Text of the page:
Israel's Christian population numbered 148,000 as of Christmas Eve, 2.1 percent of the total population.
Most, about 120,000, are Arabs, while 28,000 came to Israel with their Jewish families under the Law of Return, mainly during the wave of immigration from Russia and Ethiopia in the 1990s.
Although most of the Christian population is Arab, its demographic patterns more closely resemble those of the Jewish population: According to data published by the Central Bureau of Statistics, the average Christian household contains 3.5 persons, as compared to 3.1 persons in Jewish households and 5.2 in Muslim ones.
In 2005, 33 percent of Christians were under age 19, the same as among the Jewish population. However, 55 percent of Muslims were in this age range.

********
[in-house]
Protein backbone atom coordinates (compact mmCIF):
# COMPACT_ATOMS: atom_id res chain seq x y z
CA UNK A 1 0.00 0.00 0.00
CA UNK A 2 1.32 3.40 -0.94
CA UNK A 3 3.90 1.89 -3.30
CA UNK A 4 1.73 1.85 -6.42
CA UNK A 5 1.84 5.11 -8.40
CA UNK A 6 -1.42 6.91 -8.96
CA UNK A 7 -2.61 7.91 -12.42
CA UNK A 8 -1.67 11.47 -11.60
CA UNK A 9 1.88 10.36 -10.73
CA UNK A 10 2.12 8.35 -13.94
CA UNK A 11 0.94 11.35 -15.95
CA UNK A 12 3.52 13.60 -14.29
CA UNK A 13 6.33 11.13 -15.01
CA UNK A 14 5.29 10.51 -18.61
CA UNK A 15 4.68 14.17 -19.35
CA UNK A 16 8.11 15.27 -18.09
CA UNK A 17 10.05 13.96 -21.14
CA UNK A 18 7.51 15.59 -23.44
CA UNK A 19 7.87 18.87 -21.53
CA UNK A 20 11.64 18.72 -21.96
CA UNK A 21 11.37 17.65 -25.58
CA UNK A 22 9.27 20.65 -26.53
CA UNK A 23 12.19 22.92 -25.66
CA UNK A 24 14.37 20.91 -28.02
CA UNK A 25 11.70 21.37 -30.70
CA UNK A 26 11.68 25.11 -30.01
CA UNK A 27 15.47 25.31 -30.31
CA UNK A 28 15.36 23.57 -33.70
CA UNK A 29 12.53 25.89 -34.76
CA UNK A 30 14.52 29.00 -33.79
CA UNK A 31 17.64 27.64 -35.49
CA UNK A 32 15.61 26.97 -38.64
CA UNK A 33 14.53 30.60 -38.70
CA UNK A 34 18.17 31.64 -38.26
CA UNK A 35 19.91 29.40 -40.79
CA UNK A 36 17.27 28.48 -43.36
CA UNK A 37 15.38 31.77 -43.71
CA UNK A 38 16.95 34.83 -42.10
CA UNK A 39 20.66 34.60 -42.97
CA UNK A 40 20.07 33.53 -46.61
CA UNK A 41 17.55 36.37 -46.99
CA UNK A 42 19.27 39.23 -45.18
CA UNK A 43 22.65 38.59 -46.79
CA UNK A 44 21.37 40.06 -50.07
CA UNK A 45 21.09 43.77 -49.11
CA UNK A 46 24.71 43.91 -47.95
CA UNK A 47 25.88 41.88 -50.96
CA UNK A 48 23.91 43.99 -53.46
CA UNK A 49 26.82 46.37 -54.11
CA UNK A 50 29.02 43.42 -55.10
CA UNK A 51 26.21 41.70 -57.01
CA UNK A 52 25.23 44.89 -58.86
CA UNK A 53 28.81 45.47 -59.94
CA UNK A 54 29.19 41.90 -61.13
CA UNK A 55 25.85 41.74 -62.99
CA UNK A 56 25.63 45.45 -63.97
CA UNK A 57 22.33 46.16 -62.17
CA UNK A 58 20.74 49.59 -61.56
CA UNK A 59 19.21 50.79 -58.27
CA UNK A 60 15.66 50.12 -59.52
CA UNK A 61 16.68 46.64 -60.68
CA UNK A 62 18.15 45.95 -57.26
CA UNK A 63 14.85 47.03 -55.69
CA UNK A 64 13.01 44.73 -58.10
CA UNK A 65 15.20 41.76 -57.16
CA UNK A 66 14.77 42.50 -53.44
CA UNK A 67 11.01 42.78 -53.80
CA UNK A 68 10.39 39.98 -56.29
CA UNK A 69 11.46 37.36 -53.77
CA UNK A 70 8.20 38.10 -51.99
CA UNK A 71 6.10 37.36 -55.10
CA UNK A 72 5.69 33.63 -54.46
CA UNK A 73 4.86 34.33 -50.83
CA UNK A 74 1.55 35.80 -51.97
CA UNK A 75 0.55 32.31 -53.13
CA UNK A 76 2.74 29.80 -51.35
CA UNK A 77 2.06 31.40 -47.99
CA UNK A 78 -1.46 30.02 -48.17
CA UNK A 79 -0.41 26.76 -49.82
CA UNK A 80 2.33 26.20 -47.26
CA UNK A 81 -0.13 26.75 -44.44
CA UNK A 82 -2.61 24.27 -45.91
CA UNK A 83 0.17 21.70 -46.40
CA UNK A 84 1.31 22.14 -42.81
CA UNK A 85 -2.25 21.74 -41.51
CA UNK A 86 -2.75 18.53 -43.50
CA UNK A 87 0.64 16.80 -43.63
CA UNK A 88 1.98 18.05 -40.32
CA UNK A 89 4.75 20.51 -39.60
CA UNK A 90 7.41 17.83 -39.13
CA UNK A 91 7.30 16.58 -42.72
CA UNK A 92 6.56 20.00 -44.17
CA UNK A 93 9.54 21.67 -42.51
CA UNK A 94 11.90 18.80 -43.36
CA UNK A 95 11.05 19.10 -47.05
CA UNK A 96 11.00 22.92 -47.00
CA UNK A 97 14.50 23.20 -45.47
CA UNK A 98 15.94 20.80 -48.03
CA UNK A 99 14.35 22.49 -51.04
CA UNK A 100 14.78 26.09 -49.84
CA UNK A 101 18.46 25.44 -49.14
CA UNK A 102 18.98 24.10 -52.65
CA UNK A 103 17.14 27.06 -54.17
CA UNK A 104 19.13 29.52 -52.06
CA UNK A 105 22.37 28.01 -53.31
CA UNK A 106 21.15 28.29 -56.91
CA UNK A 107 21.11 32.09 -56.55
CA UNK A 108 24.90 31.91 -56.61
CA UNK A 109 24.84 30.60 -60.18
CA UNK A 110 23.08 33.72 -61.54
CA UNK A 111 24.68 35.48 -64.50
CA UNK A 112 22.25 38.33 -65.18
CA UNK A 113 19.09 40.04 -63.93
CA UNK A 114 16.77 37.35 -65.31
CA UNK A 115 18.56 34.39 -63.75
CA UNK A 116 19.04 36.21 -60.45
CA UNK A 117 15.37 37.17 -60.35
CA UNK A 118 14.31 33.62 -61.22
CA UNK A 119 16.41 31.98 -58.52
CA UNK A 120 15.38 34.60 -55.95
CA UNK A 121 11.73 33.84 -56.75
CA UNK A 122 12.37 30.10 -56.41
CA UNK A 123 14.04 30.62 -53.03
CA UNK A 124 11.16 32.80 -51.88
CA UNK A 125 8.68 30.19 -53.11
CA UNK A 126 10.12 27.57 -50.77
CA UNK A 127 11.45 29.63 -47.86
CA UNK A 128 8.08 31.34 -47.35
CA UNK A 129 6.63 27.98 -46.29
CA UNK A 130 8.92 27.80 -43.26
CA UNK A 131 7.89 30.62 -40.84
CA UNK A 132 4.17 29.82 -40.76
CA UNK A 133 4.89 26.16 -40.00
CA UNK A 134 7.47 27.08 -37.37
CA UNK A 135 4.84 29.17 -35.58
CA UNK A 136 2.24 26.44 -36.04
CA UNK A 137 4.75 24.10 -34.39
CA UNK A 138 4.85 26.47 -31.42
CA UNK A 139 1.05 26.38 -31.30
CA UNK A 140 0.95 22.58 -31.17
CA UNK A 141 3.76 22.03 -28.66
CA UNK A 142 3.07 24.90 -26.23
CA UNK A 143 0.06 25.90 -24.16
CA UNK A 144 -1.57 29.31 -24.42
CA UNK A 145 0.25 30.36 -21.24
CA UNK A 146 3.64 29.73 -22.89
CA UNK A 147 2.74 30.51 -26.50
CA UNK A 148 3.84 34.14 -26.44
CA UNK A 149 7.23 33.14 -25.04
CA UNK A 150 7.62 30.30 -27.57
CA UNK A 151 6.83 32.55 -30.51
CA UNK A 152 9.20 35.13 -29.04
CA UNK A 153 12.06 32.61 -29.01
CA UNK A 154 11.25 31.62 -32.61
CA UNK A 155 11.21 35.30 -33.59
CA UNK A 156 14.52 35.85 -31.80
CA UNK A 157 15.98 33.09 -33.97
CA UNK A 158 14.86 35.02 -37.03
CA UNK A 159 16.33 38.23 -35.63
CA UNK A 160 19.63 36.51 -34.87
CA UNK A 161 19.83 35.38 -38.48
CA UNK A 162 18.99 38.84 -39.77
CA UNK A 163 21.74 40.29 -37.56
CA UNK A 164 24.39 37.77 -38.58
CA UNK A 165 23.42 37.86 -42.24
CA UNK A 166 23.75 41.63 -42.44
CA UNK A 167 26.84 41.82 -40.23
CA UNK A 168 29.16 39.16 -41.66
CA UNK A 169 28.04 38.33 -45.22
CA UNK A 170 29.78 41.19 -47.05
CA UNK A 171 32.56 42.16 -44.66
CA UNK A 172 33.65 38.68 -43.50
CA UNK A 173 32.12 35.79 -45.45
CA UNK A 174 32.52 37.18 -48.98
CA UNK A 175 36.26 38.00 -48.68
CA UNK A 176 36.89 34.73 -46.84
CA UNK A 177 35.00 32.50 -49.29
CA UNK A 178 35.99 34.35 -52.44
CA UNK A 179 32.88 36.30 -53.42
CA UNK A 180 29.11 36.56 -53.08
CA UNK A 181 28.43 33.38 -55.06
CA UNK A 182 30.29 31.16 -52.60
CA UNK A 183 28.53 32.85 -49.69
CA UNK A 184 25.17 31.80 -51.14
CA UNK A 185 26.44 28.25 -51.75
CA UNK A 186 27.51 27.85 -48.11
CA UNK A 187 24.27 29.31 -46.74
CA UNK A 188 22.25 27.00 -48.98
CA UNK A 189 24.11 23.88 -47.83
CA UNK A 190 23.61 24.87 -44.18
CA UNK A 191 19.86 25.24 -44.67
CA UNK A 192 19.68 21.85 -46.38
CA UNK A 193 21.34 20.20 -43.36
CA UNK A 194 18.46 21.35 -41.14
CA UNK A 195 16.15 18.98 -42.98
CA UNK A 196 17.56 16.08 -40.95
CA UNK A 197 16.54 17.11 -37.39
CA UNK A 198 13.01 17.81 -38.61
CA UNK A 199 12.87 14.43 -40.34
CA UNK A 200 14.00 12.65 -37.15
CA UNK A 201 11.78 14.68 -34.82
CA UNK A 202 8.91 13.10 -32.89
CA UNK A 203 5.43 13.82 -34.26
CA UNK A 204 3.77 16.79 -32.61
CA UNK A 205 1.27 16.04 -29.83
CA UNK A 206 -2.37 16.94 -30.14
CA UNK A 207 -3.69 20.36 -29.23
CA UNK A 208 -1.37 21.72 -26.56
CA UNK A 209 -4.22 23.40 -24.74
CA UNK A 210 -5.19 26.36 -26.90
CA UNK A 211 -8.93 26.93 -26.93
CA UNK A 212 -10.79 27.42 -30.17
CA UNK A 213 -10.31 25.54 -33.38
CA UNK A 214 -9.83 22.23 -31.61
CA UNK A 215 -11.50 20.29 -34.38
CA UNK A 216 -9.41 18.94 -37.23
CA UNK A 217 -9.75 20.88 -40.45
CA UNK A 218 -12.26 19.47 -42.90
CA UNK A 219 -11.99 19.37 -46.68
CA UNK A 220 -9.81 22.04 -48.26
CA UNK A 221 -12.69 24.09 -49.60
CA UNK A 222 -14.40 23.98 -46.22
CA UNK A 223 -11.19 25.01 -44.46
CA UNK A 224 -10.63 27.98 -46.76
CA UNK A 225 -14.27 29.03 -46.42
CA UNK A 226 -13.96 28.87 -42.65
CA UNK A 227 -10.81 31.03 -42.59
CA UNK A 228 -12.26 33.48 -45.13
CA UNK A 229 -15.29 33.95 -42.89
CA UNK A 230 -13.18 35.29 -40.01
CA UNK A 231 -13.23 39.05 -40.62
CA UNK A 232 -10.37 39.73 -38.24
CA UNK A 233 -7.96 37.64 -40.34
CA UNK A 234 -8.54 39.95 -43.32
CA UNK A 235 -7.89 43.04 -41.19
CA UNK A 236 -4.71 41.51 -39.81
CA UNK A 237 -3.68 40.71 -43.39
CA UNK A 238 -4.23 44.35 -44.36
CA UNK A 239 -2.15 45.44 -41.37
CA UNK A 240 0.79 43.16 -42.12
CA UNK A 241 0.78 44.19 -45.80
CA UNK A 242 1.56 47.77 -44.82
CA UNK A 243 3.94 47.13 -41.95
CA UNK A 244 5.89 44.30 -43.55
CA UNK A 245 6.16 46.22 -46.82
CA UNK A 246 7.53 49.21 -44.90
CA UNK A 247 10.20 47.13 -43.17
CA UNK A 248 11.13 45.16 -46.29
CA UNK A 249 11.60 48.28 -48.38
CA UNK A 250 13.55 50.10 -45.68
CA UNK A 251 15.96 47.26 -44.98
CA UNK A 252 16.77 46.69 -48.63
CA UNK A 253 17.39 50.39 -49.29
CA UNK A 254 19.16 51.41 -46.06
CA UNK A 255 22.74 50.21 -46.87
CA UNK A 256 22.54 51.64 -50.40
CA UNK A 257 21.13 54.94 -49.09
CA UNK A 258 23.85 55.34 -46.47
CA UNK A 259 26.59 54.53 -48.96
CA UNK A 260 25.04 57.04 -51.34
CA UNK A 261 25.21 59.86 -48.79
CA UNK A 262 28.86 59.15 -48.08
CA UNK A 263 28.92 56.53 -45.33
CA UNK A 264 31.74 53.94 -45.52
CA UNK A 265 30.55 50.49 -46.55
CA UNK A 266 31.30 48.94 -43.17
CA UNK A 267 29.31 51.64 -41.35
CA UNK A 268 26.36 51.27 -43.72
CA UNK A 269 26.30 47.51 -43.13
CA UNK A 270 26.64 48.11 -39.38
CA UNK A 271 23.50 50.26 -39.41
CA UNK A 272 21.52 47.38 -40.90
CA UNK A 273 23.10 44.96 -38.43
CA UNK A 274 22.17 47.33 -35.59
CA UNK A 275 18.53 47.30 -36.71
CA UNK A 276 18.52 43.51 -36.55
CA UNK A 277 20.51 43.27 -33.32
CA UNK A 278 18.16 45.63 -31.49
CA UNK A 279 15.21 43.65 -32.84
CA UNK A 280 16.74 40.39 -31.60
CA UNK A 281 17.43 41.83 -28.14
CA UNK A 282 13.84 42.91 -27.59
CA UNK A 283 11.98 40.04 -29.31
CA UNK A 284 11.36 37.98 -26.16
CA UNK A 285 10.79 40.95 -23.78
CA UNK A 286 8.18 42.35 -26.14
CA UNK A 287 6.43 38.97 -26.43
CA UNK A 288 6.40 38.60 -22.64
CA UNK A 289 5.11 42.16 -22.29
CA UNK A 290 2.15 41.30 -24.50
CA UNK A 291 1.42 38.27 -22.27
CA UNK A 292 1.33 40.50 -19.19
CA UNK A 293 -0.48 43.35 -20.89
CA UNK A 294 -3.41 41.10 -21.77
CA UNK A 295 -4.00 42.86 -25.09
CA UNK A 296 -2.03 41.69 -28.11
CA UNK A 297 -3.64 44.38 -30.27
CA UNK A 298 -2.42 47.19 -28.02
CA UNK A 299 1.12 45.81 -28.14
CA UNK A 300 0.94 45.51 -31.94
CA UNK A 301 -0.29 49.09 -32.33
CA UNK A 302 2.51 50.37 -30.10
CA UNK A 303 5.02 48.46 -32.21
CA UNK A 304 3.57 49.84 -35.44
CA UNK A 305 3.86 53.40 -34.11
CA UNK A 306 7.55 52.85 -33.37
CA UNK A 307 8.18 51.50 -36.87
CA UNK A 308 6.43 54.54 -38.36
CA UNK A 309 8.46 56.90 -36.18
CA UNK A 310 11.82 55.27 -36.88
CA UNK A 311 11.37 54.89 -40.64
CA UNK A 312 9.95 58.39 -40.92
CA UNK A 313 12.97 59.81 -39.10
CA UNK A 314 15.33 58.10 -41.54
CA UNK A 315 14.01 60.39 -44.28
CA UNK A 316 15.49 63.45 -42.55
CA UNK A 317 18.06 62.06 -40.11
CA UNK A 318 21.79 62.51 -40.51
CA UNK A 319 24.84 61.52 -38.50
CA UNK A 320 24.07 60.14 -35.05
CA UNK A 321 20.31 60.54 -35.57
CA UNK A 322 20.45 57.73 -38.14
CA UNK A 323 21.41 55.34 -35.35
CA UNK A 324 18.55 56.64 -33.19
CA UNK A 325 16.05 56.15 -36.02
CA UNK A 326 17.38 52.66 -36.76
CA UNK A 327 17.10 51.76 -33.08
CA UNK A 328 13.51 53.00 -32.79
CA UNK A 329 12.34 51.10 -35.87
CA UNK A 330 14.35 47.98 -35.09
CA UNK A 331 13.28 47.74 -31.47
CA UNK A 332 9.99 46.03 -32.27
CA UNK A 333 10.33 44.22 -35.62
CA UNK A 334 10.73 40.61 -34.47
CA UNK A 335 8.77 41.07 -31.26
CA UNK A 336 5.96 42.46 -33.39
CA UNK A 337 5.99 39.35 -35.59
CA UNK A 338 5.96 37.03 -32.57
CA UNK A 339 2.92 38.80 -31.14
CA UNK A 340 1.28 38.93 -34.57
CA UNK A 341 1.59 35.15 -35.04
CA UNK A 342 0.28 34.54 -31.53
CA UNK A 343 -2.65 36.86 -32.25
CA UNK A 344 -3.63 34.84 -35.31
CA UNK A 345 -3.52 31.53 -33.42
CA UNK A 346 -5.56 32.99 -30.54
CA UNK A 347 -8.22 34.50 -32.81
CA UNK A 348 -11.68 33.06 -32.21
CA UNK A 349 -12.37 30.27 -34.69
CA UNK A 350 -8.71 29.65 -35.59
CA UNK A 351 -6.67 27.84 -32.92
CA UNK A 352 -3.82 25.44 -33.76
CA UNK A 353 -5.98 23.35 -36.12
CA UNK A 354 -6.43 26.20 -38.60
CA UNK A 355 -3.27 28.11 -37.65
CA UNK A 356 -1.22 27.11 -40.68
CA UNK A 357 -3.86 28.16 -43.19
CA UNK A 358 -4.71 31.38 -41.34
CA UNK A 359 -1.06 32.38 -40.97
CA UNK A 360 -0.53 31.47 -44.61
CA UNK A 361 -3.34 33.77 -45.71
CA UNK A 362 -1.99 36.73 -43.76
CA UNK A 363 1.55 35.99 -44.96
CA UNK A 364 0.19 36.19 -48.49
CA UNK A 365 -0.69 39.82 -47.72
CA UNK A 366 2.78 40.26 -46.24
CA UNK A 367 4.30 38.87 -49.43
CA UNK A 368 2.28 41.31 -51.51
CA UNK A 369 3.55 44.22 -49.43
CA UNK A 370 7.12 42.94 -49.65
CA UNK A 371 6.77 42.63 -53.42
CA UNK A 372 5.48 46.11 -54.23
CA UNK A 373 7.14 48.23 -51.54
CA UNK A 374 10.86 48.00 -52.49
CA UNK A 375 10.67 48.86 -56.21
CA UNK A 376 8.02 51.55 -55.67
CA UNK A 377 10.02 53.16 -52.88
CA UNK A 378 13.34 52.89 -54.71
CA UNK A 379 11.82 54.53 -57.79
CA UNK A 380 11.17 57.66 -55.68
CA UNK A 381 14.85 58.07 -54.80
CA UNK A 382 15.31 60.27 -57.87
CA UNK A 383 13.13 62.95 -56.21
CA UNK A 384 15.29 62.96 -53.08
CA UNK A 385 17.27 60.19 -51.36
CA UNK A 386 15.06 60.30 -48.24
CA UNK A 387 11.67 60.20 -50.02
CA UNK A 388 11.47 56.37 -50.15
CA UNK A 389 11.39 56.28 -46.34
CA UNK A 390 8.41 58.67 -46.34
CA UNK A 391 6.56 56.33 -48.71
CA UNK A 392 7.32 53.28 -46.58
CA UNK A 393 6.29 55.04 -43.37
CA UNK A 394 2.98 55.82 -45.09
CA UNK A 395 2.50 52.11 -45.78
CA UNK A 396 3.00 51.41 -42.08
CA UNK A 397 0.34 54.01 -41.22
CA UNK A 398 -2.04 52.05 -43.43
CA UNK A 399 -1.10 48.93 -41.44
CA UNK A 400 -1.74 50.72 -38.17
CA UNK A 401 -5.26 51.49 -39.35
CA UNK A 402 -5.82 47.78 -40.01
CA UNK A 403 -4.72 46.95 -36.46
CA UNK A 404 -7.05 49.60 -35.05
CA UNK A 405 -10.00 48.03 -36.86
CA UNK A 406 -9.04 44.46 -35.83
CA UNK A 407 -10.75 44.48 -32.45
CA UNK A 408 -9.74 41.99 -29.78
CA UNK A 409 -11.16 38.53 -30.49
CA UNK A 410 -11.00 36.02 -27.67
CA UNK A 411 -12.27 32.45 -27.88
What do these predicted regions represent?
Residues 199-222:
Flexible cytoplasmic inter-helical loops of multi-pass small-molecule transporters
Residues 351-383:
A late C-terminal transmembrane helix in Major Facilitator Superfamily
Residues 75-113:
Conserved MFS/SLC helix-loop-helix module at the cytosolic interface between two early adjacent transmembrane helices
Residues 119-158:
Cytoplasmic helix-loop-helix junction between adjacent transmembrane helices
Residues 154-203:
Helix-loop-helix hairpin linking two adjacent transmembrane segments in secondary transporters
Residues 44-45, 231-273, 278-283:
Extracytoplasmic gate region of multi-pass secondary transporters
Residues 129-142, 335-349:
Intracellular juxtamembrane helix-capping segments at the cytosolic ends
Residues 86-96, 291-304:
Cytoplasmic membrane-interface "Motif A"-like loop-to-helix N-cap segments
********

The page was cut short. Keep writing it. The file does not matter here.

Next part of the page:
The average bridegroom in a first marriage was aged 28.7 in 2004, one year older than the average Jewish bridegroom and three years older than the average Muslim. The average bride was 23.5, one year younger than the average Jewish bride, but three years older than the average Muslim bride.
As a result of their declining natural population growth, Christians are declining as a proportion of the total population. In 1948, Christians totaled 2.9 percent of the population, and in 1972, the figure was 2.3 percent of the population.
The percentage of matriculating students among Christians is the highest of any religious sector, at 64 percent. This compares with 55 percent of Jews, 50 percent of Druze and 45 percent of Muslims.
Some 98 percent of Christian Israelis are urban residents, as compared to 91 percent of Jews and 93 percent of Muslims. 60 percent of all Christians live in the north, with one third of these living in Nazareth and 15 percent in Haifa.